BOOK OF HOURS, illuminated manuscript
Use of Saint-André de Bordeaux, in Latin, illuminated manuscript on vellum[Bordeaux, c. 1500]
185 by 130mm, 124 leaves (plus 2 modern paper endleaves at back), wanting a single leaf after fol. 55 (probably with miniature) and another leaf after fol. 30, collation: i-ii6, iii-iv8, v7 (wants iii), vi-vi8, viii9 (wants v), ix4, x-xvi8, xvii4 (including last endleaf), single column of 20 lines in a fine lettre bâtarde, pale rubrics, small initials in liquid gold on coloured grounds, line-fillers in same, five small rectangular miniatures (fols. 7r, 8r, 9r, 10v and 109r) with full decorated borders of gold acanthus leaves on blue and burgundy grounds and realistic sprays of foliage on dull gold grounds, ten large miniatures set within coloured and gold detailed architectural frames (these enclosing full-length figures of angels, attendant figures a classical dull-gold statue and David and Goliath on pedestals), set above large coloured initials on grounds heightened with liquid gold and 5 lines of text, the foregrounds of the miniatures continuing in the bas-de-page, some thumbing and small flaking from bases, seventh gathering loose, small spots and stains; nineteenth-century red morocco, gilt-tooled with double fillet and floral sprays at corners.
1. Written and illuminated in Bordeaux around the opening of the sixteenth century, with the use of the Office of the Virgin that of the exceptionally rare Saint-André de Bordeaux, with the Office of the Dead in general agreement with use of Bordeaux. The Calendar includes a number of southern French saints, such as Quiteria (22 May), and Genesius (25 August, in red), Bertrand of Comminges (16 October) and Fronto (25 October), as well as specifically Bordeaux saints (such as Beraldus and Amand).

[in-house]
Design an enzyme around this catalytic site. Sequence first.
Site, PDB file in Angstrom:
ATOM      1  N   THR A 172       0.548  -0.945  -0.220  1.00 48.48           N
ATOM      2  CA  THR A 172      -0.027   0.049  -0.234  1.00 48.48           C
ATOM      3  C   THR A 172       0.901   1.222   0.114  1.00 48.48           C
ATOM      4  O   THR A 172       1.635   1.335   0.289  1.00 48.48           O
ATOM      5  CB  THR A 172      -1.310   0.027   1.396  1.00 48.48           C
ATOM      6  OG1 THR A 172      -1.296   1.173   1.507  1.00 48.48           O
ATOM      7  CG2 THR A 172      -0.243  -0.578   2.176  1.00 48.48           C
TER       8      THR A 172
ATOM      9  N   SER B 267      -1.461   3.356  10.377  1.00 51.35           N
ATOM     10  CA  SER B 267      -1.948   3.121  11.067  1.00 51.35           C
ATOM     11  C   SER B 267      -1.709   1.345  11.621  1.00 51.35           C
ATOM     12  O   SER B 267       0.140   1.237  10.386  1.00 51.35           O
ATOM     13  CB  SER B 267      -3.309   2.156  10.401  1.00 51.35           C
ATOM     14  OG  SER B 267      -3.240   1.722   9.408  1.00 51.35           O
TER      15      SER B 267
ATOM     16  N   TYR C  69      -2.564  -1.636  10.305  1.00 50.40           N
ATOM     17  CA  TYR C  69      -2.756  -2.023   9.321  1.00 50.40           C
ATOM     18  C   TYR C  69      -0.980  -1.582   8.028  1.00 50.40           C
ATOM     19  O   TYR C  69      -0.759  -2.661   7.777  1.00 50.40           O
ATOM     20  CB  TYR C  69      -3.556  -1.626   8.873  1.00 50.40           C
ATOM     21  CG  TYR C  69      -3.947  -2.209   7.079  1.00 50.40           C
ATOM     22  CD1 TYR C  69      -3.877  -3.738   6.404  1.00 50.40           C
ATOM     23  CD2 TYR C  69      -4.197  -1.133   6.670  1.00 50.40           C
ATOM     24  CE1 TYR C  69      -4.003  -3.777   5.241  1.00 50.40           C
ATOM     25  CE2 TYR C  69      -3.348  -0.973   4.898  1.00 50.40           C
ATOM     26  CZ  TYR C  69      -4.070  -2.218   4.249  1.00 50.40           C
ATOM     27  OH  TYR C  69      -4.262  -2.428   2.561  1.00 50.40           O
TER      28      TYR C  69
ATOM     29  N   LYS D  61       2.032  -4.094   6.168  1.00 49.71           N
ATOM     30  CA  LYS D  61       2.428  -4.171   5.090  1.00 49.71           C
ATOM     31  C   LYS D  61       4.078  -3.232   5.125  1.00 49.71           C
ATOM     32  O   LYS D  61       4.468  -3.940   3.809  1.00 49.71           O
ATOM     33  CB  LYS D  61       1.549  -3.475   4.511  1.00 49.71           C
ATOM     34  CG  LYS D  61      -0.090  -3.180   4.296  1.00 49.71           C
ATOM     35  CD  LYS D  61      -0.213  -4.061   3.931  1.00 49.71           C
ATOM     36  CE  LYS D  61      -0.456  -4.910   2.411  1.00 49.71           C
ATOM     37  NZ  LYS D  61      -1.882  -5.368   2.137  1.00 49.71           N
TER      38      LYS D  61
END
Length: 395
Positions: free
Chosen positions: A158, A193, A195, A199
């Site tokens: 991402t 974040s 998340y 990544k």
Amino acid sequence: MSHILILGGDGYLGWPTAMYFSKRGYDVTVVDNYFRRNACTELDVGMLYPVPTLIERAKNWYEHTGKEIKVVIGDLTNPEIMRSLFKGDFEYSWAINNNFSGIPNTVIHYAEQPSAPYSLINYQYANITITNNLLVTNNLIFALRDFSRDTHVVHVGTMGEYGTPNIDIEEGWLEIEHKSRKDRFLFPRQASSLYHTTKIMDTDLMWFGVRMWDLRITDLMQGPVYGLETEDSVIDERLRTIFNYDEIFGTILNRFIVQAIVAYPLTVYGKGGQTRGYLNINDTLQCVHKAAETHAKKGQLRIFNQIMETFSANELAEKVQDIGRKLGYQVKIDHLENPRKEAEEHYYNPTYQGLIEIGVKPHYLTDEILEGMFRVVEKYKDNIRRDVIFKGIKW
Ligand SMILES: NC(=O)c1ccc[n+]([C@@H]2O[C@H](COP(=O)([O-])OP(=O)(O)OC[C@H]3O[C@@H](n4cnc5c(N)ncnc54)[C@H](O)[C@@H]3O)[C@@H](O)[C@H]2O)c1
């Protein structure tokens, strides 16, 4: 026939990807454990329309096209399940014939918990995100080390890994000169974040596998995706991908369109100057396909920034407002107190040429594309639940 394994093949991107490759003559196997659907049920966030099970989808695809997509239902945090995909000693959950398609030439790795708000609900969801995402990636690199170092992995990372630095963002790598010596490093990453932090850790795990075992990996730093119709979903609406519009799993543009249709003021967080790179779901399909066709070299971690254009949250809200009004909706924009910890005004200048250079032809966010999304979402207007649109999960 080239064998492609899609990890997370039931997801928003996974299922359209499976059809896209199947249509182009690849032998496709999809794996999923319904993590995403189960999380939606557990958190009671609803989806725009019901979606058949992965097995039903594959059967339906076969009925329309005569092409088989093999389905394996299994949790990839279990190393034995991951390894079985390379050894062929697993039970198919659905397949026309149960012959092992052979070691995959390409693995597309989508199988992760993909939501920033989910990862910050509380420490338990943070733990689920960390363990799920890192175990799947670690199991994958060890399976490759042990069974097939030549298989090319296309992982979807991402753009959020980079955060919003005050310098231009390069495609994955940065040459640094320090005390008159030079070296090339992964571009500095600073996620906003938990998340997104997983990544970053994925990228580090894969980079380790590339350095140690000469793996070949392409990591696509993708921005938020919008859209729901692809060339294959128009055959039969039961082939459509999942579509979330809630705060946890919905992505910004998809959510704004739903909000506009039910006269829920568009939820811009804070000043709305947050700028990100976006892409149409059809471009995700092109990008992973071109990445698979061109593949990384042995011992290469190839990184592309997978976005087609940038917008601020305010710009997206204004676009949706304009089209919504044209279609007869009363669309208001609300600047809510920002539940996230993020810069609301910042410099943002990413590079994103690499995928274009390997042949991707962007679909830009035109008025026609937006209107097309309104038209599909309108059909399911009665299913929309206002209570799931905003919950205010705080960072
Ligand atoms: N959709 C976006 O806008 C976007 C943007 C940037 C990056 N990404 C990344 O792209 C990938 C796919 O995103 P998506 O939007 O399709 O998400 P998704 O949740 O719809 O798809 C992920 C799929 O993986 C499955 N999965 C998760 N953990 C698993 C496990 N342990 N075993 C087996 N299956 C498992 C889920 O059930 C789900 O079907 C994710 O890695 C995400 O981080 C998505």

2. Richard de Loménie (collection dispersed before 1938): his late nineteenth to early twentieth-century armorial bookplate engraved by Bouvier, with motto: “Je maintiendray”; a family member of Étienne-Charles de Loménie (1727-94), finance minister of King Louis XVI, bishop of Condom, archbishop of Toulouse and finally archbishop of Sens. Another Book of Hours once owned by him now in The Hague, Koninklijke Bibliotheek, 77 L 59, Pierpont Morgan Museum, M.1073, and others sold in Christie’s, 7 July 2010, lot 36; and 15 July 2015, lot 28, as well as widely in the French trade in the last decade.
This volume comprises: a Calendar (fol. 1r); the Gospel extracts (fol. 7r); the Hours of the Virgin (fol. 13r); the Seven Penitential Psalms (fol. 63r) followed by a Litany; the Office of the Dead (fol. 80v); the Obsecro te (fol. 109r) followed by prayers.
The source of the richly illuminated scenes here is most probably a printed copy of the text with miniatures designed by the Master of Anne de Bretagne, a Parisian artist named after an opulent Book of Hours illuminated for the queen of both kings Charles VIII and Louis XII of France. His workshop illuminated manuscripts and produced designs for printed copies (R. Wieck, Painted Prayers, 1997, p. 57, no. 38), and one of those presumably stands behind this work by a Bordeaux illuminator.
The subjects of the large miniatures are: (1) fol. 13r, the Annunciation; (2) fol. 24v, the Visitation; (3) fol. 32r, the Pentecost; (4) fol. 38v, Nativity; (5) fol. 43r, the Annunciation to the Shepherds; (6) fol. 46r, Adoration of the Magi; (7) fol. 49r, Presentation in the temple; (8) fol. 52r, Flight into Egypt; (9) fol. 63r, David in prayer; (10) fol. 80v, Job on the dungheap.